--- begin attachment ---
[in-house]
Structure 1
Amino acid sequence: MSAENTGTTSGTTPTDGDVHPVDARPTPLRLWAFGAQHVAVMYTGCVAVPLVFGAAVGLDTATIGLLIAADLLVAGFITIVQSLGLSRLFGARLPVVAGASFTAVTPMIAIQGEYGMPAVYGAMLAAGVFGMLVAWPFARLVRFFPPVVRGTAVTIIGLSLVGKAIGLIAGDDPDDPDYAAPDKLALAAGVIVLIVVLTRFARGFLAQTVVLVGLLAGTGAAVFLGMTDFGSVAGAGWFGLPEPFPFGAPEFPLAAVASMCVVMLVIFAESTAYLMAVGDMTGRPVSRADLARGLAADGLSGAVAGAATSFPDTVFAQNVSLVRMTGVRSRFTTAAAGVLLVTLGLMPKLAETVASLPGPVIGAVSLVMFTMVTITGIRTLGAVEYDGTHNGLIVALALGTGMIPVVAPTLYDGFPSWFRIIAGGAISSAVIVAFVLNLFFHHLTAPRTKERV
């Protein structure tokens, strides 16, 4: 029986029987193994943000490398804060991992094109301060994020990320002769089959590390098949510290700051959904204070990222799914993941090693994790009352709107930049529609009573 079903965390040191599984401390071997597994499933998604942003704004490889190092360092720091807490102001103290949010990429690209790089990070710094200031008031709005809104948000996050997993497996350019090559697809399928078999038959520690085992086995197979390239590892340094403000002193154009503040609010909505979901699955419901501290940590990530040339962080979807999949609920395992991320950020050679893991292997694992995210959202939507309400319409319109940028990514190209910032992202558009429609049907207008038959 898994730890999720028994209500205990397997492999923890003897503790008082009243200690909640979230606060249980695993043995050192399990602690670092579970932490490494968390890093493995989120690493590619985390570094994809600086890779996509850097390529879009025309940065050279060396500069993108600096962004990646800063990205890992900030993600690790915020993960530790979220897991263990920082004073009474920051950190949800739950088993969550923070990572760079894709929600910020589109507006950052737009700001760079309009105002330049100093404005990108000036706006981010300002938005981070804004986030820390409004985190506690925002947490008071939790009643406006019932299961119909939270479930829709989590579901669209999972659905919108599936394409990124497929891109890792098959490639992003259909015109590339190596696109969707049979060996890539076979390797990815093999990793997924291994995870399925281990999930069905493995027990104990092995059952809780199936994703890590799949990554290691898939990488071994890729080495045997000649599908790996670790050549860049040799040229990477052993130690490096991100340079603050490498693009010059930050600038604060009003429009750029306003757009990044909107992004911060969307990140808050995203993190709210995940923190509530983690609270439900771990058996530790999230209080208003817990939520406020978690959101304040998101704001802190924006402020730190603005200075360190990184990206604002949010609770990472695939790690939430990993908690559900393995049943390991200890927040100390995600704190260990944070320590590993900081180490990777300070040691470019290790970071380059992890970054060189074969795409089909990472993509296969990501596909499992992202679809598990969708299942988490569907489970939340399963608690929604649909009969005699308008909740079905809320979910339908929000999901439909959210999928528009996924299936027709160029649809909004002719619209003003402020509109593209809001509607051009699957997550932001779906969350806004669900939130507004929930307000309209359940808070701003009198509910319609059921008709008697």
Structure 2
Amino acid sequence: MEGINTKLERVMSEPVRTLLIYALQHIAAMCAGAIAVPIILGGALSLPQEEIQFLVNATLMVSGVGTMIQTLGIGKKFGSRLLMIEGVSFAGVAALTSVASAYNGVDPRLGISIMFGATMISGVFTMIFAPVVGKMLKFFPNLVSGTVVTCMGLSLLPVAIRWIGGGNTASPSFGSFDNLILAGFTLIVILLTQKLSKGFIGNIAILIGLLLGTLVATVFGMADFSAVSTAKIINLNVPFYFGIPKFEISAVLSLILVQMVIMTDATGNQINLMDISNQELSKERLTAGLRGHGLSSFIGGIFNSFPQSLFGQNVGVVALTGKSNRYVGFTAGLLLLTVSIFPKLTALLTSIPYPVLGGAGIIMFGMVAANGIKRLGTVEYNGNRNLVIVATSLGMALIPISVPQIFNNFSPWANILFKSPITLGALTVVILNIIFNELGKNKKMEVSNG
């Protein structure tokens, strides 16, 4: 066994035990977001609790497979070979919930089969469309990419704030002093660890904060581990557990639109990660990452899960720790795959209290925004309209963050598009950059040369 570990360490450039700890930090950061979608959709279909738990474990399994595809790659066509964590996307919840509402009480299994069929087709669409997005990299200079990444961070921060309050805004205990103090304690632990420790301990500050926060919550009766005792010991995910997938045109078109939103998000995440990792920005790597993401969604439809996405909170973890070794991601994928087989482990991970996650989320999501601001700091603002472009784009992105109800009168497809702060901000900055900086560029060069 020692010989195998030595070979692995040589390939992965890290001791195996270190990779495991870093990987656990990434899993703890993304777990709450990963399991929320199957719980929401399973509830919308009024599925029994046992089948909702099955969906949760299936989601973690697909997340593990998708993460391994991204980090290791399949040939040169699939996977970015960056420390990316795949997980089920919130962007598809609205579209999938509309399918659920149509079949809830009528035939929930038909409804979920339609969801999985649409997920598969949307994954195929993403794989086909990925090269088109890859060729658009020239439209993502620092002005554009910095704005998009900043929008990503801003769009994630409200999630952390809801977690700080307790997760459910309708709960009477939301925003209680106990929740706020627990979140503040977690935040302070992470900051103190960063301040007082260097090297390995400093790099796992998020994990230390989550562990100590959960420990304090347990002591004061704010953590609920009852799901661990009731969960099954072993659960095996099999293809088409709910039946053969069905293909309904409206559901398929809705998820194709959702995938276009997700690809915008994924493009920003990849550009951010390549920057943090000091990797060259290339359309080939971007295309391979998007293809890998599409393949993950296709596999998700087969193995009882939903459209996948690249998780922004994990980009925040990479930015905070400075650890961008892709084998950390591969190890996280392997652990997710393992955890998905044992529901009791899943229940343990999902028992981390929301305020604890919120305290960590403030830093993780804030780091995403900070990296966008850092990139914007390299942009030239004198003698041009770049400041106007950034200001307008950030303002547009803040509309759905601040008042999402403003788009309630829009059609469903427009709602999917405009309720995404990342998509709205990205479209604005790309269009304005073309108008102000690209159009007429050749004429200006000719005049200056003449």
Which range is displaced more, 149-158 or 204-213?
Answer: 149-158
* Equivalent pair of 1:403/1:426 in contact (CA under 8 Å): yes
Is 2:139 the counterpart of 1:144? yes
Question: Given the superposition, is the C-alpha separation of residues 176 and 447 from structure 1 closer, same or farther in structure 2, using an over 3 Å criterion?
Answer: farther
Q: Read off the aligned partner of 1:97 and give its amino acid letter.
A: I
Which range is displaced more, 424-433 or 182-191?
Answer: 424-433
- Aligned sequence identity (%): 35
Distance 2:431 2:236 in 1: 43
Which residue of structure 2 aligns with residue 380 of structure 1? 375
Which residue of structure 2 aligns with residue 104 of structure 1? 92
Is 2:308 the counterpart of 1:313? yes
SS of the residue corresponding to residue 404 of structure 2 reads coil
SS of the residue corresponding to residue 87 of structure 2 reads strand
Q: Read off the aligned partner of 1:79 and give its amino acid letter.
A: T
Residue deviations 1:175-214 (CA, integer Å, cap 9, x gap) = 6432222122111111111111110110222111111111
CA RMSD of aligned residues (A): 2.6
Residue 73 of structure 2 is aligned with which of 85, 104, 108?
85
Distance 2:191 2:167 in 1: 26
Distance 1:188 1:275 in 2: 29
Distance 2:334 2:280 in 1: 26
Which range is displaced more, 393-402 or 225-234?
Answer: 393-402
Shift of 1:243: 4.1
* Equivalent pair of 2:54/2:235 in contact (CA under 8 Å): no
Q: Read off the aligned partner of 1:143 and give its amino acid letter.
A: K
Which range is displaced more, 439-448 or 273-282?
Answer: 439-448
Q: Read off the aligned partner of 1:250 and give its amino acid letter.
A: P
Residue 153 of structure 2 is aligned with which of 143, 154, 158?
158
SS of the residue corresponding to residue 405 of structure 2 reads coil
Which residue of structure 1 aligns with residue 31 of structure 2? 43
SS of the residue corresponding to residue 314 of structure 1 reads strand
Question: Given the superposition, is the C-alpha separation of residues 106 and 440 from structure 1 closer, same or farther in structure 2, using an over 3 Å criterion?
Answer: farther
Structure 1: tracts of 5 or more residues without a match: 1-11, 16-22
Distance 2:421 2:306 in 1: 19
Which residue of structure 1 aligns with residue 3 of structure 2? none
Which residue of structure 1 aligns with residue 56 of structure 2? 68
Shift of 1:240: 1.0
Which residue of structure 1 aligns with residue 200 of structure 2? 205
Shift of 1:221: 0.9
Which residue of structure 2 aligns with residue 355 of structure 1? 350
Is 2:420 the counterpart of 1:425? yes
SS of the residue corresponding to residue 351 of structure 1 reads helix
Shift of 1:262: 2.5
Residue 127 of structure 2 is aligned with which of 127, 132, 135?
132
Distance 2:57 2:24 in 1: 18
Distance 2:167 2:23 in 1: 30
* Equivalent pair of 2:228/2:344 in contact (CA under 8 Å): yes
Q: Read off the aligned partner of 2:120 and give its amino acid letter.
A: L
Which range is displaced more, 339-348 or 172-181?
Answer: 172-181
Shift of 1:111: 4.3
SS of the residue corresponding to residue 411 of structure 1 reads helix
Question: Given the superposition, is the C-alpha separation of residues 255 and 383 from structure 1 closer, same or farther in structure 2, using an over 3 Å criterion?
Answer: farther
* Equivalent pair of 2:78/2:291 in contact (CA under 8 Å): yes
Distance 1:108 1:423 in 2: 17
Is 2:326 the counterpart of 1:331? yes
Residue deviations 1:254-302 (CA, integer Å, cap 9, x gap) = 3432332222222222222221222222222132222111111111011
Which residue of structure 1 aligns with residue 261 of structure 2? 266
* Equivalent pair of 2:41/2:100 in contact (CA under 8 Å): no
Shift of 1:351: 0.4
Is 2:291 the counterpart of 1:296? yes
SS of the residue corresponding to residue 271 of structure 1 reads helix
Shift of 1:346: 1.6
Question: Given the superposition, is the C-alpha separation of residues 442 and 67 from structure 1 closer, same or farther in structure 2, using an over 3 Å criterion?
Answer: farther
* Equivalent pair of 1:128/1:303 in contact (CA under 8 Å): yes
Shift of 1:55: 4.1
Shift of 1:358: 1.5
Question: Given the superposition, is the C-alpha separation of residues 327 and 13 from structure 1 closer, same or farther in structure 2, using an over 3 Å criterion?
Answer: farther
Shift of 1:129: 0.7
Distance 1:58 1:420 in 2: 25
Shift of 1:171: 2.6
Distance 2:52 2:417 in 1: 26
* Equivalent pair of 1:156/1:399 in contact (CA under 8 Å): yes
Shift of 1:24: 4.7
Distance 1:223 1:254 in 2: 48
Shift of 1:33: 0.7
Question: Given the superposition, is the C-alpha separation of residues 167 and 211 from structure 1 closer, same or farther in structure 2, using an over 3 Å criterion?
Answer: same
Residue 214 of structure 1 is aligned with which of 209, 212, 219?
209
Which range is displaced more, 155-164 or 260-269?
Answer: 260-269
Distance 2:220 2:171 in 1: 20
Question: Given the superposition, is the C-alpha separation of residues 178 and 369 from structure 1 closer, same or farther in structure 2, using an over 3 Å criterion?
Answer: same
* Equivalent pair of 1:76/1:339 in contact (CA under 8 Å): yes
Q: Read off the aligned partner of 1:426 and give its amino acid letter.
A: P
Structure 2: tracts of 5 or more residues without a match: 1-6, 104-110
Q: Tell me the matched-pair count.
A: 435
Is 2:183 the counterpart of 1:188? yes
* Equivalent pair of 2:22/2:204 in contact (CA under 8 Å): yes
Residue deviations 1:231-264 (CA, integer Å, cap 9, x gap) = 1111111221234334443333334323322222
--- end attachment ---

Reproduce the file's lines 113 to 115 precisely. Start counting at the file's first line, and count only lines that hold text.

Q: Tell me the matched-pair count.
A: 435
Is 2:183 the counterpart of 1:188? yes